Bruce and I are a day and a half into our walk in the woods.  Bruce’s brother picked us up at the airport in Chattanooga, Tennessee and the next day he and his wife delivered us to a parking area a mile from the summit of Springer Mountain, the southern terminus of the Appalachian Trail (AT).

We are walking through a southern mixed forest of elm, hickory and oak trees, with the odd conifer to justify the characterization as “mixed”.  There are large areas of native rhododendrons, which are reputedly beautiful in the spring.
The temperature is perfect for hiking, varying between perhaps 14 and 24 degrees today.  It is the dry season, but “dry” in this area is much more moist than a summer in Victoria.  The remnants of Hurricane Irma roared through here a few weeks ago, leaving noticeable damage in its wake.  However, the trail crews have already been out and cleared the blown down trees on the trail.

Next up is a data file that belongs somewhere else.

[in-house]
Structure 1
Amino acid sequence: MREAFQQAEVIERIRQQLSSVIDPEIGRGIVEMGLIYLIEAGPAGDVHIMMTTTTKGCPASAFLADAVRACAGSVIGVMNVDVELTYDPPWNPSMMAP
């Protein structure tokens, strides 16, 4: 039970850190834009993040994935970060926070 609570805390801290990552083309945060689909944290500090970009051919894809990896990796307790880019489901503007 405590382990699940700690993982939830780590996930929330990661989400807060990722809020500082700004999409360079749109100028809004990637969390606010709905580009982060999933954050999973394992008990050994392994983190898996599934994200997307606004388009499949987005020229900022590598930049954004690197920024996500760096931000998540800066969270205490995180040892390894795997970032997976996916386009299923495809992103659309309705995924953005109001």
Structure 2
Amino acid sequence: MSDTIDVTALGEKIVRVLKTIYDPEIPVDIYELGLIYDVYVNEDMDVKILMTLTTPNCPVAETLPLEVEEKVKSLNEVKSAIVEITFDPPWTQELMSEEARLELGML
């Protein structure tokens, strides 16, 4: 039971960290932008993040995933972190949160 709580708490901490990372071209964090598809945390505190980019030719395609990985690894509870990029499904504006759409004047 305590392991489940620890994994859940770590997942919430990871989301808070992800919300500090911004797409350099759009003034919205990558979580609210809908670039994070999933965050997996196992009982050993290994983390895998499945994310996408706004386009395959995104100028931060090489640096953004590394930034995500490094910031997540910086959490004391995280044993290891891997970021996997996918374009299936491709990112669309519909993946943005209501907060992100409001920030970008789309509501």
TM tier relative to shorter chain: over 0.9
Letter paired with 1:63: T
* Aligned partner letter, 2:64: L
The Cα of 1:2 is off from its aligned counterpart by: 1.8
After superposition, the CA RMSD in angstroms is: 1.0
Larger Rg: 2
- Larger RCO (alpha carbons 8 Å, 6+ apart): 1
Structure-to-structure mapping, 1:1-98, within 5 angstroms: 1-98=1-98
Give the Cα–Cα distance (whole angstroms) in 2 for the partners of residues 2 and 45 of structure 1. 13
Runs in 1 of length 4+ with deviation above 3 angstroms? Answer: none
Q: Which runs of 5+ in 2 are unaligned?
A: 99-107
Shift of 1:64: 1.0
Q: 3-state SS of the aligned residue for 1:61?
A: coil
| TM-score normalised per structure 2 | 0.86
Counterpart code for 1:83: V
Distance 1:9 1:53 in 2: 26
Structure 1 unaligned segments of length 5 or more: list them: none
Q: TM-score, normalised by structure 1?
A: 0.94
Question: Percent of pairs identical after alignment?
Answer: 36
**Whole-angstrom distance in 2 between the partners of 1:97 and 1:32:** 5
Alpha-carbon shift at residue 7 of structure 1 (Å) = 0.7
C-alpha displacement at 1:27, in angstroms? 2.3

There is a tradition of “trail names” on the AT.  Today we met an experienced hiker and I asked him about his trail name.  He said it is “Wet Dog,” and provided the following explanation of its genesis.  “I’m a military brat, and in the vocabulary of the military feet are ‘dogs’.  I like to take my boots off and soak my feet in a stream while I am getting water.  I think the cool water is good for your feet when you are walking.  This led to being called ‘Wet Dogs,’ which I shortened to ‘Wet Dog’.”  He has certainly earned the right to a trail name, as Wet Dog has walked the entire AT 3 times.  He has also walked the longer Pacific Crest Trail twice.

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